There are many other ways of dealing with the DBISAM Tables and far more ways to work with DBISAM Database itself, starting from Database Locking to Multithreaded applications with a blend of Local and Remote Sessions.  It supports a wide range of Development Platforms, Programming Languages and Reporting Tools.  This is a small effort to make you familiar with this Database.

User Comments

Title: Re: new extension db4   
Name: Bhuban M Mishra
Date: 2008-03-24 11:56:12 AM
Hi Nicola,

I went through the Eleviate Software site, but I did not found the details about .db4 files. Might be they have not updated the details of the new version.

According to the following link,

It says that the files still have .dat extension. I do not have access to the latest DB. I think, the way .dat files are accessed, the .db4 files can also be accessed in the same manner.

If possible, you can search for the updated drivers if available for the db4 files.

Title: new extension db4   
Name: Nicola
Date: 2008-03-14 6:21:54 AM
Hallo! i have new version dbisam with new versione.. extension file data is .db4 and not .dat... can u help me?? with new versione.. i want use this code..
thank u soo much
Name: ADAM
Date: 2007-07-16 12:29:55 PM
I looked for a few hours about information about some unkown database file types I had and didnt find anything until I found this article. This article and the help it provided is greatly appreciated. Thanks.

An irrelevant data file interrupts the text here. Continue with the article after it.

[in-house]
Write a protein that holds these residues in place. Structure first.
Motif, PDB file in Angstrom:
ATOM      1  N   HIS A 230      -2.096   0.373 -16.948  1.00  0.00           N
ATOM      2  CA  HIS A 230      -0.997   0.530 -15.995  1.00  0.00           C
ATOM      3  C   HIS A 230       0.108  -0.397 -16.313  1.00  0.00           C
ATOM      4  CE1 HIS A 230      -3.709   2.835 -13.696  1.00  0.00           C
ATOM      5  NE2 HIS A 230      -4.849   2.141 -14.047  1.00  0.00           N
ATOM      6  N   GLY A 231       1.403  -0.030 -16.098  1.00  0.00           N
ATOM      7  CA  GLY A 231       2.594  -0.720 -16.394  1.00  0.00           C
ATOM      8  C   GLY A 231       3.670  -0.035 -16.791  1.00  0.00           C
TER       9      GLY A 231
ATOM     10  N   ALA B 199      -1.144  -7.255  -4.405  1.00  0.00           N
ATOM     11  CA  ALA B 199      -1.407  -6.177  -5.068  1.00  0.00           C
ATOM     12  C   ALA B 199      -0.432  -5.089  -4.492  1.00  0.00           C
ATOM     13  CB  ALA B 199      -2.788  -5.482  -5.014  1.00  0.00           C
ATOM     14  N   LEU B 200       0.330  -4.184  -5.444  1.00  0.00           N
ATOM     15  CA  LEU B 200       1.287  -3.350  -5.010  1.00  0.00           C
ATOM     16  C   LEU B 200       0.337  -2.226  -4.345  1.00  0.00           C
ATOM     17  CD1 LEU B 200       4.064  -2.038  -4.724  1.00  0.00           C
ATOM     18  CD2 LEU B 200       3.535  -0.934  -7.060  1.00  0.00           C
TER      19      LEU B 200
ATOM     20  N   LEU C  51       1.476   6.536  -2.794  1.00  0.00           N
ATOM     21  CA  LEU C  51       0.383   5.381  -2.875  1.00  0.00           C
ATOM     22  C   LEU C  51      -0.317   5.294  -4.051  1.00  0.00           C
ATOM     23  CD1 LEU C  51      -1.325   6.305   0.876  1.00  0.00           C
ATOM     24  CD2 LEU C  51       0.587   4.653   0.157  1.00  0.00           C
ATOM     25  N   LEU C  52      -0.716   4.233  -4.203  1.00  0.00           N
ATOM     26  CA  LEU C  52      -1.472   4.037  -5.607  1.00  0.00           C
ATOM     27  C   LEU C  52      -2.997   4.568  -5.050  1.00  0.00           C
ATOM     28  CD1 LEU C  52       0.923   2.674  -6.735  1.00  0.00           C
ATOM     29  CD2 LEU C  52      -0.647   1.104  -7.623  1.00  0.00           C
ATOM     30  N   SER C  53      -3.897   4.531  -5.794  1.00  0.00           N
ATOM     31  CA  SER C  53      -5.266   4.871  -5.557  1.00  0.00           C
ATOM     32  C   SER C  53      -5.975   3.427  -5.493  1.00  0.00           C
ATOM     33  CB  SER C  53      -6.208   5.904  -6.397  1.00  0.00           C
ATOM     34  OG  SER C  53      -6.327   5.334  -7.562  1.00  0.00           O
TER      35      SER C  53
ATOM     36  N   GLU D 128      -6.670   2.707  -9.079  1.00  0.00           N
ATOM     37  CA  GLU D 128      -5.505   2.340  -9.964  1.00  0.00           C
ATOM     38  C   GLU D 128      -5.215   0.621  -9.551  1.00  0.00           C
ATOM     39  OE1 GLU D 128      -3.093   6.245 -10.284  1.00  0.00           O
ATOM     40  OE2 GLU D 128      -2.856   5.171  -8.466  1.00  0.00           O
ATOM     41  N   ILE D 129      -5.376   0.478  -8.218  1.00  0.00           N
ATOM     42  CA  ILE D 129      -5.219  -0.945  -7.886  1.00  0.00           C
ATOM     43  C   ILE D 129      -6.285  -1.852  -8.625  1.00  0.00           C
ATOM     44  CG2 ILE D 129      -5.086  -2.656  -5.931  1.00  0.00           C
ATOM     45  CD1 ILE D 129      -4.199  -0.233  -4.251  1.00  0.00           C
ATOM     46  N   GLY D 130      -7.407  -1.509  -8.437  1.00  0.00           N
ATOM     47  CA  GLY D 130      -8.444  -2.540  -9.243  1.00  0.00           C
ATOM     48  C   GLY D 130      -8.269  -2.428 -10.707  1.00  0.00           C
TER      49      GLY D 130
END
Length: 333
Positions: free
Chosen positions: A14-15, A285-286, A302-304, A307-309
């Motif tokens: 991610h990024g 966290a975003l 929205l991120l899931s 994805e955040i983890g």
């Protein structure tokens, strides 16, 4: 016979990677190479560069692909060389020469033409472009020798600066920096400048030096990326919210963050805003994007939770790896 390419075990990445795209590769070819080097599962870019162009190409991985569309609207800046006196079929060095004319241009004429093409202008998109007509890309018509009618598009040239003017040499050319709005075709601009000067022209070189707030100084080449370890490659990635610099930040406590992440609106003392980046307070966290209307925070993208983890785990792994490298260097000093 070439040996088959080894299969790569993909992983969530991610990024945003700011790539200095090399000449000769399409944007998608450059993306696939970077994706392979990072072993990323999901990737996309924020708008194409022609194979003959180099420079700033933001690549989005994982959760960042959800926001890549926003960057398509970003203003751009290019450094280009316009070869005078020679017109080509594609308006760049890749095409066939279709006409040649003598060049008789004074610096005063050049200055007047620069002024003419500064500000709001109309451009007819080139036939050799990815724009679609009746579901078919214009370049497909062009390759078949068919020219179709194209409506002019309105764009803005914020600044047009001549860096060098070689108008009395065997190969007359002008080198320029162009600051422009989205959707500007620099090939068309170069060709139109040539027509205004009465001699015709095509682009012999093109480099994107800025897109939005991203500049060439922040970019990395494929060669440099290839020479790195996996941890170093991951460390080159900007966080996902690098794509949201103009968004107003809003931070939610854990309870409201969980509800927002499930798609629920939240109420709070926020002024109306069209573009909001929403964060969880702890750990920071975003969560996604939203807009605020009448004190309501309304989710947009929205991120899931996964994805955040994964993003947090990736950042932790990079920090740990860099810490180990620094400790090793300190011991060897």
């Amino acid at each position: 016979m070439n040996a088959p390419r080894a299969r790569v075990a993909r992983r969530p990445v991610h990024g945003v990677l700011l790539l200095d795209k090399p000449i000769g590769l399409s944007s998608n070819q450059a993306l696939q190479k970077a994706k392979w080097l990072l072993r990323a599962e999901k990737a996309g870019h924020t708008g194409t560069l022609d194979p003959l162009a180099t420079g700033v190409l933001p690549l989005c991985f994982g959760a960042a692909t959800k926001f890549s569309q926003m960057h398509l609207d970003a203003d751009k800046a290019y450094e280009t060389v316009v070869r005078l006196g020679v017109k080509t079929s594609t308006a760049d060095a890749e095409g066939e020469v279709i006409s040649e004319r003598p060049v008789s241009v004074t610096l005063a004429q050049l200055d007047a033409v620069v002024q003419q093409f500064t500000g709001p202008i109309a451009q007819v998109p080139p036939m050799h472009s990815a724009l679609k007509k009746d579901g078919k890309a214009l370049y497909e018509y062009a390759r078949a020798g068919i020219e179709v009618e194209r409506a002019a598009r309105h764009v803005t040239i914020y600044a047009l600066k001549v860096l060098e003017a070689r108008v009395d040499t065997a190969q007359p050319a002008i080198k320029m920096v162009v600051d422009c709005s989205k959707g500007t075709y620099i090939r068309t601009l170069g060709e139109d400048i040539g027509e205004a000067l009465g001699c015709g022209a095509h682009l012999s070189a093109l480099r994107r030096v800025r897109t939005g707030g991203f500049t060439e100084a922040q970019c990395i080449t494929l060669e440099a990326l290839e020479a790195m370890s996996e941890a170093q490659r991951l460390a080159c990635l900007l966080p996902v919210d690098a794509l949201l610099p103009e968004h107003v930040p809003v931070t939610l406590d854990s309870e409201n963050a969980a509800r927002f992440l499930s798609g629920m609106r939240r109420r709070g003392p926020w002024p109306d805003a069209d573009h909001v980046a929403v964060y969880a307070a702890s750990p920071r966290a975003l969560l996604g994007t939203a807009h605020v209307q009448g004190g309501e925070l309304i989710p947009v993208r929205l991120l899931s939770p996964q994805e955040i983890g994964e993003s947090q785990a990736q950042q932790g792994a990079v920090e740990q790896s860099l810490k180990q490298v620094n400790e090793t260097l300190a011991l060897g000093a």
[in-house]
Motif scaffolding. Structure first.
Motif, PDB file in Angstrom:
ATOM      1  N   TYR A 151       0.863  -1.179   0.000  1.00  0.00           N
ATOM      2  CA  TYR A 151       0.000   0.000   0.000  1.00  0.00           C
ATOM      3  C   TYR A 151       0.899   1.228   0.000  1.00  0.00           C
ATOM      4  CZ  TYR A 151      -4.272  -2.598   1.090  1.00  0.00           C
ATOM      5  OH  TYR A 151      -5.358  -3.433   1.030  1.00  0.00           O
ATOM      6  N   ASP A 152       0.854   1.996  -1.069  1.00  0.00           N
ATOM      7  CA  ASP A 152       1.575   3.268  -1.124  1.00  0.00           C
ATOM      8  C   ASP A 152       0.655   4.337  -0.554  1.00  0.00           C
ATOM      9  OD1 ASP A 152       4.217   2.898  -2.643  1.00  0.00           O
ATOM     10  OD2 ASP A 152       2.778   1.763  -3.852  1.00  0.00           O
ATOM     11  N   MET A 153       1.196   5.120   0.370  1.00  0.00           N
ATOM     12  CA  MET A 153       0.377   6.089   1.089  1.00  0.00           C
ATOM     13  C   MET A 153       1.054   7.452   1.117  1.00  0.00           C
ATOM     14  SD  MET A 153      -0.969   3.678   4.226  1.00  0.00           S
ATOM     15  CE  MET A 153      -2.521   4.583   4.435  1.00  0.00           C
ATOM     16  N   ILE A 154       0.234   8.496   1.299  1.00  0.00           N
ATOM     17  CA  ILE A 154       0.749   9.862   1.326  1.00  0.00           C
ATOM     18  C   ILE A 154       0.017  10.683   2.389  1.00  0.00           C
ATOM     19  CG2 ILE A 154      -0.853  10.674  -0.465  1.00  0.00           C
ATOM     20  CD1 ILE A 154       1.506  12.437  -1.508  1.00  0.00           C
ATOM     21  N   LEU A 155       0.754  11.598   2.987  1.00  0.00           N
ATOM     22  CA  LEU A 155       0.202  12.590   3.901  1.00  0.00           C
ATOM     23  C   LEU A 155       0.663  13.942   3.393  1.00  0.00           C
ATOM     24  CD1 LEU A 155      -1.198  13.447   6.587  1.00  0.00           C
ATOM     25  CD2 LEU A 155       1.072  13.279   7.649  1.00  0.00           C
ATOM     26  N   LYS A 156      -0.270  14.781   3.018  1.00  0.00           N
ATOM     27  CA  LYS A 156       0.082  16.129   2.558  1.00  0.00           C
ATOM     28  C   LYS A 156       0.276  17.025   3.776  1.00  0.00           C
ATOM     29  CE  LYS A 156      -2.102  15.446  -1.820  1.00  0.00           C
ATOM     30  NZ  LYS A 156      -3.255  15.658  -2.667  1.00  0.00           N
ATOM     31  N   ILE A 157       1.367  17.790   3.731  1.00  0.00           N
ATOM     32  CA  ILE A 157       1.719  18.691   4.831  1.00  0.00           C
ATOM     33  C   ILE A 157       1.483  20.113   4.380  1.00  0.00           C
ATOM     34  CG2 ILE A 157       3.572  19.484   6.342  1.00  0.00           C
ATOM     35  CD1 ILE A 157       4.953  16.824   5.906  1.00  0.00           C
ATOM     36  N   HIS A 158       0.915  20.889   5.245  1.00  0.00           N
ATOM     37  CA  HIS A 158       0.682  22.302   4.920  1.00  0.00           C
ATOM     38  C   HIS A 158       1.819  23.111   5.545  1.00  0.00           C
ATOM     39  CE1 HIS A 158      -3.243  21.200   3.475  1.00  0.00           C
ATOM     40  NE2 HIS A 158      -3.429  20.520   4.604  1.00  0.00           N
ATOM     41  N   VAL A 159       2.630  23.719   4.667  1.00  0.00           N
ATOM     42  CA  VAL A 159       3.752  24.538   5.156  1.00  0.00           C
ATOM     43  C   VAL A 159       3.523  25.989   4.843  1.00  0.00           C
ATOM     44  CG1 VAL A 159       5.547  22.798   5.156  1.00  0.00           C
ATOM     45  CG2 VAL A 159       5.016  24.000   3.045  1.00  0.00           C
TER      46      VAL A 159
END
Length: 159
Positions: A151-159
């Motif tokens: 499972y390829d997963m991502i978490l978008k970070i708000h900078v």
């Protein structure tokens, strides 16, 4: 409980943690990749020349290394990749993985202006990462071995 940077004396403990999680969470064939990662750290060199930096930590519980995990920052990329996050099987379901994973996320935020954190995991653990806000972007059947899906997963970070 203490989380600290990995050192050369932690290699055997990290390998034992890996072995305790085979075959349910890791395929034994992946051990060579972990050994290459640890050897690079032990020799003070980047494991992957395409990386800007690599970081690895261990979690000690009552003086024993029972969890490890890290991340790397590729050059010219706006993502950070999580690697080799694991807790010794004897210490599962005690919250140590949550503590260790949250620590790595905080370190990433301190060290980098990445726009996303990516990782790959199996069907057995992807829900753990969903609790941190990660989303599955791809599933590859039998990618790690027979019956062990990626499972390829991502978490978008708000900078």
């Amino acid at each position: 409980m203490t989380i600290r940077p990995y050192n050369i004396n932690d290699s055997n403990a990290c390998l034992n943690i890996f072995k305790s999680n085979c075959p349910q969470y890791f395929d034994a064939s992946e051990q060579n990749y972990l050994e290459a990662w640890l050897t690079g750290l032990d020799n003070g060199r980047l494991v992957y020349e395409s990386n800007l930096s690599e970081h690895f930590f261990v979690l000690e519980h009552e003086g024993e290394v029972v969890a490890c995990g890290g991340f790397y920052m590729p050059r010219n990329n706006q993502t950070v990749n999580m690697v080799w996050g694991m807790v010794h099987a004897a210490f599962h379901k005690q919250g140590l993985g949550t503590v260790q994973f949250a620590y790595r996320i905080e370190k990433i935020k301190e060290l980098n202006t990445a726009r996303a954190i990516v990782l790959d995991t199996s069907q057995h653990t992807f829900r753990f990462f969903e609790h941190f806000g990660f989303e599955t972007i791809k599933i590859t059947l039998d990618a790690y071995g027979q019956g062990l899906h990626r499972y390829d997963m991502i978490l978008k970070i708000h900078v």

Title: Re: Where do I find DBISAM ODBC Driver?   
Name: Bhuban
Date: 2006-11-03 9:00:08 PM
The ODBC Driver provided by Elevate Software is the only driver available as per my knowledge. I have also used the same. As per your problem is concerned, each table that has BLOB fields must have a .blb file which remains in the same folder as the table. Though I have not worked with BLOBs, there are certain DBISAM viewers available that shows the structure and data in the tables. You can use one of them to check whether the data in the BLOB field is intact.
Title: Where do I find DBISAM ODBC Driver?   
Name: TLR
Date: 2006-11-03 10:30:48 AM
I have found one ODBC Driver from Elevate Software, but it seems to choke whenever I try a select that includes a BLOB column. Can you recommend some other ODBC Driver?
Title: Very Informative Article   
Name: Prasanjit Ahuja
Date: 2006-10-06 5:23:33 AM
Very Informative article. Keep it up.
Title: Panda   
Name: Supriti
Date: 2006-10-05 11:10:09 AM
Thanks for the information about a new database.This may be helpful for me in future.
Title: Working with DBISAM Using Microsoft .NET   
Name: Himanshu Sahoo
Date: 2006-10-03 6:18:10 AM
Nice Article.Well done.